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The views expressed in these papers are those of the author(s) and do not necessarily reflect those of the OECD or of the governments of its member countries.
Fiscal Relations across Government Levels
- Isabelle Joumard1, Per Mathis Kongsrud
- Author Affiliations
- 1: OECD, France
- 10 Dec 2003
- Bibliographic information
Despite its apparent advantages, devolution of fiscal responsibilities has not proceeded evenly over the past two decades. Decentralisation can strengthen the democratic process, allow governments to tailor the supply of public goods to local preferences and introduce some competition across jurisdictions, thus raising public sector efficiency. It can, however, entail efficiency losses, and make it difficult to implement redistributive policies and complicate macroeconomic management. On the spending side, local provision may fail to exploit economies of scale and internalise territorial spillovers -- a serious issue since few public goods are purely local by nature. On the revenue side, few tax bases can be exploited by subnational governments without risking making national objectives difficult to achieve and raising serious distributive concerns. This paper, which is largely based on country experiences in mitigating the potential drawbacks of decentralisation while obtaining ...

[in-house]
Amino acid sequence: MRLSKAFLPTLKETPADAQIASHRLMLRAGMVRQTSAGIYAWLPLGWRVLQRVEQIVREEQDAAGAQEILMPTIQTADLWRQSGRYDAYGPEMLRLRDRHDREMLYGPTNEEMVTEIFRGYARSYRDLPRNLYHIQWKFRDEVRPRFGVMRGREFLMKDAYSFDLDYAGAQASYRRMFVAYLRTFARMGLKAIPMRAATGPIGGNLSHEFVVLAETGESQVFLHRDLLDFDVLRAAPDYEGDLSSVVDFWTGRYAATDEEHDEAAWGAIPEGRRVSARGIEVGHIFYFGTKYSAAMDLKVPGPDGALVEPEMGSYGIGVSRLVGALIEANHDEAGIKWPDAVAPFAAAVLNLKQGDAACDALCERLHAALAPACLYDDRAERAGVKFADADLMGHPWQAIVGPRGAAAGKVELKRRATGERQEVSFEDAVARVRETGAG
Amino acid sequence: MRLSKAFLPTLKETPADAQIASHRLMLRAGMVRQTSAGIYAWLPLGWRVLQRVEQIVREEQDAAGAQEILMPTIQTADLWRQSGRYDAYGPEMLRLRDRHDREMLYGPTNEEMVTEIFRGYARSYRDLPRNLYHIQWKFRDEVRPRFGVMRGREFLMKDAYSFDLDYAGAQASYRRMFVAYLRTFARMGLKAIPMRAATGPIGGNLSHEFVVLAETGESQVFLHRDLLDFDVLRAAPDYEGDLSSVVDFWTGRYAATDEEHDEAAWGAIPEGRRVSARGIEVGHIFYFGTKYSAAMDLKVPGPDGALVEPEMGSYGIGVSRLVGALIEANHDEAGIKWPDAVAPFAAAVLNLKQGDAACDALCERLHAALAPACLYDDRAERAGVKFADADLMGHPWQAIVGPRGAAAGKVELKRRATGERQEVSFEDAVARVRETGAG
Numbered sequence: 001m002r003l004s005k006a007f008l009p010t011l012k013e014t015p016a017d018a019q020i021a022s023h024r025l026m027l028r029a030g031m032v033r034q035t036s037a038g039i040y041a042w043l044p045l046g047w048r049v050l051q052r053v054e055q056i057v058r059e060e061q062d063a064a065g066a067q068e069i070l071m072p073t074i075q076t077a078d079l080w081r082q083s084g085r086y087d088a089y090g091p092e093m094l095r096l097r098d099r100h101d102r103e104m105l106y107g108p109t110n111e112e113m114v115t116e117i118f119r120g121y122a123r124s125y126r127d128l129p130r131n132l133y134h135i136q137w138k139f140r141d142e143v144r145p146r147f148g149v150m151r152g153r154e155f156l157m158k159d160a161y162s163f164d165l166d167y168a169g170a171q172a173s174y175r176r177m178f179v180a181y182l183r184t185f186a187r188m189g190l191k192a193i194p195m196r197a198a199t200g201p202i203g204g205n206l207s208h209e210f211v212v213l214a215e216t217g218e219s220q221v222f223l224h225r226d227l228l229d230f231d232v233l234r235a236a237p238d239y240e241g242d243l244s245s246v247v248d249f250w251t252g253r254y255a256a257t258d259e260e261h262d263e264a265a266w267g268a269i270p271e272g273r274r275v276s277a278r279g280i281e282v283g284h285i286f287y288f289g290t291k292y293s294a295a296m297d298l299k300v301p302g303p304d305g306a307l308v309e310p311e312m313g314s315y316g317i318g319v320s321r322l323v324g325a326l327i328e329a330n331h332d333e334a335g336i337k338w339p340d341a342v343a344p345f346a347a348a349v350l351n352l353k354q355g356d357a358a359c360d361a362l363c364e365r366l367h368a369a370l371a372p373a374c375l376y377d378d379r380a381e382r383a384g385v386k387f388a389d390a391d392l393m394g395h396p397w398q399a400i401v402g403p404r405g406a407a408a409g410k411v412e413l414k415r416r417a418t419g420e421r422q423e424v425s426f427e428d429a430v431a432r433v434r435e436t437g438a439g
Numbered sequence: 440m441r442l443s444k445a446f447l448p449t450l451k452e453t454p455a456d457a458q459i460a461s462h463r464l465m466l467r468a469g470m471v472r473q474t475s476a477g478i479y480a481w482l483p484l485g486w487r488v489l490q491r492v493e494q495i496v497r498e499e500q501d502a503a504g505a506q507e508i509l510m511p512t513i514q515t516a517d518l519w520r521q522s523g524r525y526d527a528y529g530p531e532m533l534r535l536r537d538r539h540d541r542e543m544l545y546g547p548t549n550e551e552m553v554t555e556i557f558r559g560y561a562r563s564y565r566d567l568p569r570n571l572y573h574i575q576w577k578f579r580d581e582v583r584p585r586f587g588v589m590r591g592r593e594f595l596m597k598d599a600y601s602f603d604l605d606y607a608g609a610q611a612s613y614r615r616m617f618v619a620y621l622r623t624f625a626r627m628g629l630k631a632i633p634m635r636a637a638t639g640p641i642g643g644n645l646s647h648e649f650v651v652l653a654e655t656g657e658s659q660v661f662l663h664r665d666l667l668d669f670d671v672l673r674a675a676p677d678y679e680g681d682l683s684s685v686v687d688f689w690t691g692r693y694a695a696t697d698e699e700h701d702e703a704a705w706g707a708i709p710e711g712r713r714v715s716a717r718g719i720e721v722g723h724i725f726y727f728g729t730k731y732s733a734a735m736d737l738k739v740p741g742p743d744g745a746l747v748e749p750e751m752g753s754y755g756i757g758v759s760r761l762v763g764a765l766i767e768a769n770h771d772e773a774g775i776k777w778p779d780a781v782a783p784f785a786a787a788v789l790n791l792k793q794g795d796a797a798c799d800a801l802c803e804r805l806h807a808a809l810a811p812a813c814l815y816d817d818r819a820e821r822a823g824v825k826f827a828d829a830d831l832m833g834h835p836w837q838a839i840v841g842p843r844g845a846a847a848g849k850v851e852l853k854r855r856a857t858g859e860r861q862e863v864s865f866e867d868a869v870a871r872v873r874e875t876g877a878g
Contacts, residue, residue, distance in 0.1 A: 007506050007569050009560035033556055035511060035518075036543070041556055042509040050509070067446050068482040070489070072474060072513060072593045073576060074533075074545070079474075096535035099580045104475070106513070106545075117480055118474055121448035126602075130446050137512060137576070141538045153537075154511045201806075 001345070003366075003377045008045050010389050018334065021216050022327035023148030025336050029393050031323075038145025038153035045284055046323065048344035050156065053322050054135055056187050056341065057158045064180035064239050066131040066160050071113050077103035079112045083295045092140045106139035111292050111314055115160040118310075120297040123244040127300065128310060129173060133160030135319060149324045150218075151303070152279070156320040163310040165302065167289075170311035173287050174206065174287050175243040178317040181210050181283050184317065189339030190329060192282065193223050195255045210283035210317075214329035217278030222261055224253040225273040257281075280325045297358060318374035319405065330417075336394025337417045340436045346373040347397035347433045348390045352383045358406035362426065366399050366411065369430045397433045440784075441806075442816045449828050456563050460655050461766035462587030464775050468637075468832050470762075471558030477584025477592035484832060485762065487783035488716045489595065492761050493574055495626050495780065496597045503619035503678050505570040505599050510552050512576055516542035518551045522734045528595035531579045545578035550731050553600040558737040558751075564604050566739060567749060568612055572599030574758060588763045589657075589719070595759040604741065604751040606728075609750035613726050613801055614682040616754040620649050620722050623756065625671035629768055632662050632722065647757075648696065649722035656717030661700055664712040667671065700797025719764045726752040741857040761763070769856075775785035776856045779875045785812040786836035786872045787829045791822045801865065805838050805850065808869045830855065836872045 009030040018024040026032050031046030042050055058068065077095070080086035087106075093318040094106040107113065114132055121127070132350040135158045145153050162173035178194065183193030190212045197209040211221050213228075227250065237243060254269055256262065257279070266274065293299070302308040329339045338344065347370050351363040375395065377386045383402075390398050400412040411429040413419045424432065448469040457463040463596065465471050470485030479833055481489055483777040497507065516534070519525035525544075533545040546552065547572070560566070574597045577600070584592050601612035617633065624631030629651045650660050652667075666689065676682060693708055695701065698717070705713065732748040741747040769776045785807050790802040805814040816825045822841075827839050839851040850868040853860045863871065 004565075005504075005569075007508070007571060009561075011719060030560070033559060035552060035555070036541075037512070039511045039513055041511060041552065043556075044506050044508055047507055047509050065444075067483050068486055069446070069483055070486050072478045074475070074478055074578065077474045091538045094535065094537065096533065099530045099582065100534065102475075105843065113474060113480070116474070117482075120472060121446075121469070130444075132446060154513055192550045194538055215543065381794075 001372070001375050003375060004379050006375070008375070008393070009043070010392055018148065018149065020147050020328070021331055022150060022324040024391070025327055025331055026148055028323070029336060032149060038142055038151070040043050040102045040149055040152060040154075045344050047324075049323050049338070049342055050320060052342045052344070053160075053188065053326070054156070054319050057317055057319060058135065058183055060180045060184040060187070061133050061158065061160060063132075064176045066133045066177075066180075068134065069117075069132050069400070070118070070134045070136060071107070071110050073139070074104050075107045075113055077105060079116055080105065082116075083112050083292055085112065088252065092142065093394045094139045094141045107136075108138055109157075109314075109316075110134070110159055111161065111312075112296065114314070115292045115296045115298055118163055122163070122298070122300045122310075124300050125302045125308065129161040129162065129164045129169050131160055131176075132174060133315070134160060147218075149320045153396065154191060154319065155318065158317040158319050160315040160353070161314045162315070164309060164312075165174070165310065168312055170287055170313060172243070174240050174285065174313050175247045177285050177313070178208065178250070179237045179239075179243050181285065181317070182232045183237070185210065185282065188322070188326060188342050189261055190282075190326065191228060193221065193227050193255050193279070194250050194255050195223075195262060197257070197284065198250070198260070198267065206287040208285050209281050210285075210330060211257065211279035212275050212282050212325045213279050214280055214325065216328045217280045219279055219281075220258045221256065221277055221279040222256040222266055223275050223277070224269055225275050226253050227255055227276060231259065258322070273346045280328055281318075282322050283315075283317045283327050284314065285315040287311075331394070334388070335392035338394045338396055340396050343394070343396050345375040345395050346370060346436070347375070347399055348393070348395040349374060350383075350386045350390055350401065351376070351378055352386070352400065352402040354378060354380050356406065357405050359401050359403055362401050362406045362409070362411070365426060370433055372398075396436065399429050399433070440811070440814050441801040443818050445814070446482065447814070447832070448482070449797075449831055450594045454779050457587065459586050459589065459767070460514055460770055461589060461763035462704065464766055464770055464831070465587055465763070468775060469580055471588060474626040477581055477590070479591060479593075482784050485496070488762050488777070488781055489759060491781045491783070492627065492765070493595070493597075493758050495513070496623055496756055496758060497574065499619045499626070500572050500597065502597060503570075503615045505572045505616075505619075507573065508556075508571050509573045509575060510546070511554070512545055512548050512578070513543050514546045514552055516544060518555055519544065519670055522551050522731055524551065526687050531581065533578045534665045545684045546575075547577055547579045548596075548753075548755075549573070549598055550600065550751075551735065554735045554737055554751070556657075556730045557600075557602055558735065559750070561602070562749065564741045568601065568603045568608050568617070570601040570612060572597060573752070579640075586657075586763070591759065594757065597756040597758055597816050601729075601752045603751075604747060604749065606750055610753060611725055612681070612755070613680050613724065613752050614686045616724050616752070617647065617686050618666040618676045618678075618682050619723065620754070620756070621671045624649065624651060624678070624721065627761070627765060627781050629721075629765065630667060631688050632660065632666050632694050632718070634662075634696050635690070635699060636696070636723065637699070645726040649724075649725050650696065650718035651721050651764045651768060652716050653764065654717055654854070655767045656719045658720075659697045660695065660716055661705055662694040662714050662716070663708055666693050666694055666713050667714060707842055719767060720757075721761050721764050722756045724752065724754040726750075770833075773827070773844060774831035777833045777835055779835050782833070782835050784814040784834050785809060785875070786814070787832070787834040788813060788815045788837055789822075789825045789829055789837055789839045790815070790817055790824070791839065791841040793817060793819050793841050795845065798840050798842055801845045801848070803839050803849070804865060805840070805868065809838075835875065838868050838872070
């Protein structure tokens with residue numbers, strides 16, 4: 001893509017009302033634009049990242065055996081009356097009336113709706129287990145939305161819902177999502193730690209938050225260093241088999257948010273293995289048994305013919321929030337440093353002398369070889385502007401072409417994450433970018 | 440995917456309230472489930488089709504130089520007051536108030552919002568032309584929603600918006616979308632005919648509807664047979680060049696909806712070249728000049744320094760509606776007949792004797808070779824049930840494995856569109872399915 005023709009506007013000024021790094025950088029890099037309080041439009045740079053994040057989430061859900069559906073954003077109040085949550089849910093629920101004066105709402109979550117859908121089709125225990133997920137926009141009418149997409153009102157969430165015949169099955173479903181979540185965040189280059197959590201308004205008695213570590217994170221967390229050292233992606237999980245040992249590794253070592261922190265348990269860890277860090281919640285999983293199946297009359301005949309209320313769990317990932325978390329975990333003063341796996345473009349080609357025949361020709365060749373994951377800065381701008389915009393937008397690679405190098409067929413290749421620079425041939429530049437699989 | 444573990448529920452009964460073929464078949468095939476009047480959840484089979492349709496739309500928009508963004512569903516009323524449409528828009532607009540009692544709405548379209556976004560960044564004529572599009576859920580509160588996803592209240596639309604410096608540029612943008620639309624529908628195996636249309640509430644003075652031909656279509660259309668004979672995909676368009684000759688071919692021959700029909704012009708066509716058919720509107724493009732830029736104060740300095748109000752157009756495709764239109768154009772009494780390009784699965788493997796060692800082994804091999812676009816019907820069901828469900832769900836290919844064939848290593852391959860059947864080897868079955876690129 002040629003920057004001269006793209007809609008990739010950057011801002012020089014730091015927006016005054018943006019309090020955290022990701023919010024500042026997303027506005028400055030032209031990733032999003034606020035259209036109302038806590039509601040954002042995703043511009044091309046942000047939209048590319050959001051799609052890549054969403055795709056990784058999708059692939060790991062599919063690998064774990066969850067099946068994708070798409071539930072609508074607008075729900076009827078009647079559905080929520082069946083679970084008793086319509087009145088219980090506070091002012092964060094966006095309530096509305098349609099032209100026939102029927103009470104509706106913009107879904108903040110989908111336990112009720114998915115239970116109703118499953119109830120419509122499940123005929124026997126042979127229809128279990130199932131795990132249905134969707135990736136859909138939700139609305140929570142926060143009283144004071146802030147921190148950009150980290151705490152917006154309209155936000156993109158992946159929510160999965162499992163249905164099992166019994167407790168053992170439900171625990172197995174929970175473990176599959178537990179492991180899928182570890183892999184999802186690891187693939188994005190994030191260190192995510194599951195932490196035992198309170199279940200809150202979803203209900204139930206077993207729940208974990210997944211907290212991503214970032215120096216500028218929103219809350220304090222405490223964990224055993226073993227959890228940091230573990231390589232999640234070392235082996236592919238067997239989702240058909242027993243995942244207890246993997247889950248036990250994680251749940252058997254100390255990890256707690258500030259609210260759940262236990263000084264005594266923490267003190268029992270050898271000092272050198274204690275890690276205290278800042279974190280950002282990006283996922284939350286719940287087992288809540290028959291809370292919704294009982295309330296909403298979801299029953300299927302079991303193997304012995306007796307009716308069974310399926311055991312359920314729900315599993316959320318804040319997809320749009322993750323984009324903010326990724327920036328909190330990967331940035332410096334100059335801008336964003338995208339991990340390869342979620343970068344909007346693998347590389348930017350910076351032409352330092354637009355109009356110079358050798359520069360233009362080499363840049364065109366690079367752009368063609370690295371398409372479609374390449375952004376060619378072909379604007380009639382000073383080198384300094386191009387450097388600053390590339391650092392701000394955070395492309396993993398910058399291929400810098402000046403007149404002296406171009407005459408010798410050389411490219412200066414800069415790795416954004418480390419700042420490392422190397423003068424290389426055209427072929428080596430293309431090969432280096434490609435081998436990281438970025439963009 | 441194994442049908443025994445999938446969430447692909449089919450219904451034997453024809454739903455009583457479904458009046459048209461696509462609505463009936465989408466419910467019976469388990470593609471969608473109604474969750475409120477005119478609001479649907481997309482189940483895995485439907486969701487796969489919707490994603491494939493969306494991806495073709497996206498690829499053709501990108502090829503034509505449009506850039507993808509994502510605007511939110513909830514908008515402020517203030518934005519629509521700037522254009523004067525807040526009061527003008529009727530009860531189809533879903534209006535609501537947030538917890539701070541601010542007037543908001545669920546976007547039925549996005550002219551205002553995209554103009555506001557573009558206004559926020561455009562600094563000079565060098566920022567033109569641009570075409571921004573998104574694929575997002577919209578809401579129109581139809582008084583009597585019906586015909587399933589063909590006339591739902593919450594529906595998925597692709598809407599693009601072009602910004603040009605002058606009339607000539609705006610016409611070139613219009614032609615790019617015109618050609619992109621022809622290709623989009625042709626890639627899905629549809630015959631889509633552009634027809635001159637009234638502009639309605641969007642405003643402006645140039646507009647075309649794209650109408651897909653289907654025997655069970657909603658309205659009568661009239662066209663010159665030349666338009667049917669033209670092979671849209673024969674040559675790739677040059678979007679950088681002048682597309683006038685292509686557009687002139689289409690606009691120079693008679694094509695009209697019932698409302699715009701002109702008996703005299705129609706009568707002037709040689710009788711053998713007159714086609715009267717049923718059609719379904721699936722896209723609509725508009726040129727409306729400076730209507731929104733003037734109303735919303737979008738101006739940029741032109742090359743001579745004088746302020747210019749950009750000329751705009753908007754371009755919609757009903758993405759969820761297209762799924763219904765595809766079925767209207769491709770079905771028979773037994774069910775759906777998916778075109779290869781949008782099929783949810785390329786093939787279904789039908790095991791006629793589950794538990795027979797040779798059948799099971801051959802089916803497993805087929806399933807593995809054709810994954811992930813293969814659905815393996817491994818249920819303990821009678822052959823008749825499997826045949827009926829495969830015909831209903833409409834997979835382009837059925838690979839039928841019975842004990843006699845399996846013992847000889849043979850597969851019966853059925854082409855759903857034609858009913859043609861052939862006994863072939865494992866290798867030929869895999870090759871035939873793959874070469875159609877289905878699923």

- equalisation, tax assignment, fiscal federalism, fiscal co-ordination
- JEL Classification:
- E62: Macroeconomics and Monetary Economics / Macroeconomic Policy, Macroeconomic Aspects of Public Finance, and General Outlook / Fiscal Policy
- H77: Public Economics / State and Local Government; Intergovernmental Relations / Intergovernmental Relations; Federalism; Secession
- R50: Urban, Rural, Regional, Real Estate, and Transportation Economics / Regional Government Analysis / General